WEST COVINA, Calif. (KABC) -- Laureen Frausto struggles with simple tasks like buttoning her pants after an arrest involving a police K-9 last year seriously damaged her left arm.
Her experience is among the growing number of instances that has civil rights groups calling for an end to the use of police dogs to apprehend suspects during arrests.
"I know their life is on the line too, I understand that," said Frausto, while fighting back tears. "But for them to do what they did to me? No, that's just mean."
Incident reports indicate the West Covina Police Department arrested Frausto, 48, after receiving a call about a possible burglary involving two people at an abandoned post office on S. California Ave. around 10 p.m., Aug. 24, 2019.
According to police narratives, K-9 handler Officer Cody Iside sent K-9 Officer Rye to search the building after issuing several verbal warnings.
Police apprehended four individuals, among them Frausto.
Frausto said she had been experiencing homelessness and had gone inside the post office to sleep.
"I just remember being woken up. I was woken up by a dog," Frausto said. "He was pulling, biting, pulling, and biting. I just started screaming and then I thought, 'When am I going to die?'"
Officers charged Frausto with a misdemeanor for resisting, delaying or obstructing a police officer. The criminal complaint against her mentions nothing about the alleged burglary that brought police to the post office.
"My intention was to take the suspect into custody in the safest manner possible for everyone involved," explained K-9 handler Iside in his report describing his arrest of Frausto. "Suspects can control and minimize the force needed to arrest them, if they were to just surrender."
Frausto, who maintains she was sleeping and would have surrendered had she been aware of the officers' presence, is now suing the department for excessive force.
"She did nothing wrong," said DeWitt Lacy, a civil rights attorney with John Burris law who is representing Frausto in her civil lawsuit. "I don't believe in the criminalization of poverty. The treatment Laureen got was almost inhuman. You don't treat a person like that. I don't care who they are."
Using information provided to the Department of Justice by law enforcement agencies around the state regarding incidents involving force and resulting in serious injury or death, Eyewitness News identified 309 incidents involving police dogs from 2016 to 2019.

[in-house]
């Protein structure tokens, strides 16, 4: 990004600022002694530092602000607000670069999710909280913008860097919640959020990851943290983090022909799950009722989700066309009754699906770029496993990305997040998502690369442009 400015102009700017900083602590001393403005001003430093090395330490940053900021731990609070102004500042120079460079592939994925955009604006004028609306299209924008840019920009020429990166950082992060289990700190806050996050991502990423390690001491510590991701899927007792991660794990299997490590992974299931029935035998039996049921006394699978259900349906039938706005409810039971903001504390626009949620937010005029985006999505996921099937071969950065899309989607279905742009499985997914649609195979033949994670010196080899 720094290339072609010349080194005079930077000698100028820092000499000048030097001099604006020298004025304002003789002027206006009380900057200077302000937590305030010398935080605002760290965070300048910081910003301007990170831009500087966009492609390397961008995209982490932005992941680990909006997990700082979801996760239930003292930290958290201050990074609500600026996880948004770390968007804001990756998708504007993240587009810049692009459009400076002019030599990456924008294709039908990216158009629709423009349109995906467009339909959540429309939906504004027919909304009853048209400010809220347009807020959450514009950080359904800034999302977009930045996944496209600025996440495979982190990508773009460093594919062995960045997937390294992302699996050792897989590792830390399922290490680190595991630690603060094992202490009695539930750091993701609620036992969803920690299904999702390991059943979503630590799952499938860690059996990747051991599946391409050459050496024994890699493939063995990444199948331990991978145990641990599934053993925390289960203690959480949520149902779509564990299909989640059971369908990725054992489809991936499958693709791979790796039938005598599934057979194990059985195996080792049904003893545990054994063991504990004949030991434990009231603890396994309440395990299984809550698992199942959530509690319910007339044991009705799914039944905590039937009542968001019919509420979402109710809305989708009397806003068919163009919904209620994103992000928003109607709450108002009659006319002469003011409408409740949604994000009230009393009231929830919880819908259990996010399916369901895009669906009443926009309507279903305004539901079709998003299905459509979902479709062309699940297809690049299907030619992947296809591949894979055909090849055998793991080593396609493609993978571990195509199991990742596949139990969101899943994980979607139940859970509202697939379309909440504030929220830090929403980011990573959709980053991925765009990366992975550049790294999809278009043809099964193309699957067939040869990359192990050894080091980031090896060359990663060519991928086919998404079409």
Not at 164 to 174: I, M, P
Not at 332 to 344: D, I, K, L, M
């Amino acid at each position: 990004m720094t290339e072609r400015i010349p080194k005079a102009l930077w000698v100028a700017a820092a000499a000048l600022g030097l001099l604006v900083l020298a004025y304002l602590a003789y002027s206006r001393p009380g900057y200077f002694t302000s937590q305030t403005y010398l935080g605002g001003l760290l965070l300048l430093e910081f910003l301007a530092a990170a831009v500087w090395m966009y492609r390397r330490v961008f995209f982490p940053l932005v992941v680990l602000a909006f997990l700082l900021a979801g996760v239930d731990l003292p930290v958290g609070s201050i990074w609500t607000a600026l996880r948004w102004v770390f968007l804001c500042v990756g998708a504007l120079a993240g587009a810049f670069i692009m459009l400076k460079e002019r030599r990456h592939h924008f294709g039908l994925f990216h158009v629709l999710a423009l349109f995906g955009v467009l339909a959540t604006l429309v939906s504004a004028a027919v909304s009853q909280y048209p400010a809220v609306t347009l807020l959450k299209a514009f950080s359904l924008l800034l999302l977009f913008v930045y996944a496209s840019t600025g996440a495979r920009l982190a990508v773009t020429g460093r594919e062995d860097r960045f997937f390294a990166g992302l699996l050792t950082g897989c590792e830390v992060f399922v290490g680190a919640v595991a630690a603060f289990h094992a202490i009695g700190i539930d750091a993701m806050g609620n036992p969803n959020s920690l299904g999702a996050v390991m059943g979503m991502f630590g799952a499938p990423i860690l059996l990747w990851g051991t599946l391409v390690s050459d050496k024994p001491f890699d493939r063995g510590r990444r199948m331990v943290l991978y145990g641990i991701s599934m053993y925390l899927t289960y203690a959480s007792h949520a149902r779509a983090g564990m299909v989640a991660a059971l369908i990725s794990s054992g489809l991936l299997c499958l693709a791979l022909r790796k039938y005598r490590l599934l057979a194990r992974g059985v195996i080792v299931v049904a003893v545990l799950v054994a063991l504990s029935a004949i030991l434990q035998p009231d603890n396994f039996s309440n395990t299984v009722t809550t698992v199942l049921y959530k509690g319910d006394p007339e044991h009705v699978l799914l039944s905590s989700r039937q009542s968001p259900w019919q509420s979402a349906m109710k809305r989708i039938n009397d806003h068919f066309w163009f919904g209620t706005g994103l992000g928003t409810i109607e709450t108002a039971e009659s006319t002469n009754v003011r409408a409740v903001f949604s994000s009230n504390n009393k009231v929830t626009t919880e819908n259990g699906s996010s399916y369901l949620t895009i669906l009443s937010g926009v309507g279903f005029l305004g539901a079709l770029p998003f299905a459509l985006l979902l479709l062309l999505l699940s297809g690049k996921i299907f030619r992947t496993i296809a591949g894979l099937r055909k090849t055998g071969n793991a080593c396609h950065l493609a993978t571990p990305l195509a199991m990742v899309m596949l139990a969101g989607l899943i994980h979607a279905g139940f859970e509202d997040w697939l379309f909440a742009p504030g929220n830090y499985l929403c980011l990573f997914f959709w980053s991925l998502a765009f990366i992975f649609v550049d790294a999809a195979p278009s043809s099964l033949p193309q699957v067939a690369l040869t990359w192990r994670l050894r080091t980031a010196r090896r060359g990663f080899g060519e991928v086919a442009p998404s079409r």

Our analysis showed incidents resulting in injury or death involving K-9 officers represented about 11% of the total use of force incidents resulting in serious injury or death reported by law enforcement agencies statewide.
Restraint holds, firearms, other types of physical contact such as a fist, and electronic devices were more often referenced in those reports.
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Guidelines from the California Commission on Police Officer Standards and Training states, "the officer's use of force must be proportionate given the totality of the circumstances; it is not proportionate if a less injurious alternative existed and could be safely employed."
Additionally, a report released in May 2020 by the Police Executive Research Forum offering guidance to law enforcement agencies on the use of patrol K-9s echoed that directive and stated, "When possible handlers should consider alternative tactics before deploying a canine."
Despite these guidelines, an Eyewitness News analysis found in at least 14% of cases involving police K-9s reported to the Department of Justice, officers described the suspects as "passively not complying" with orders. They were not described as combative or running from police.
Such was the case with Frausto.
"In a lot of the cases you are talking about, there isn't any sort of present threat of death or serious injury to anybody else," said Adrienna Wong, a senior staff attorney with the American Civil Liberties Union of Southern California.
"The other thing about dogs is that they are inherently escalating. They lead to more force. When a dog is mauling someone, most people, their natural instinct is to try to fight off the dog or to just push them away from them. And in case after case, what we see is police using that natural reaction as a justification to use additional force against people," Wong said.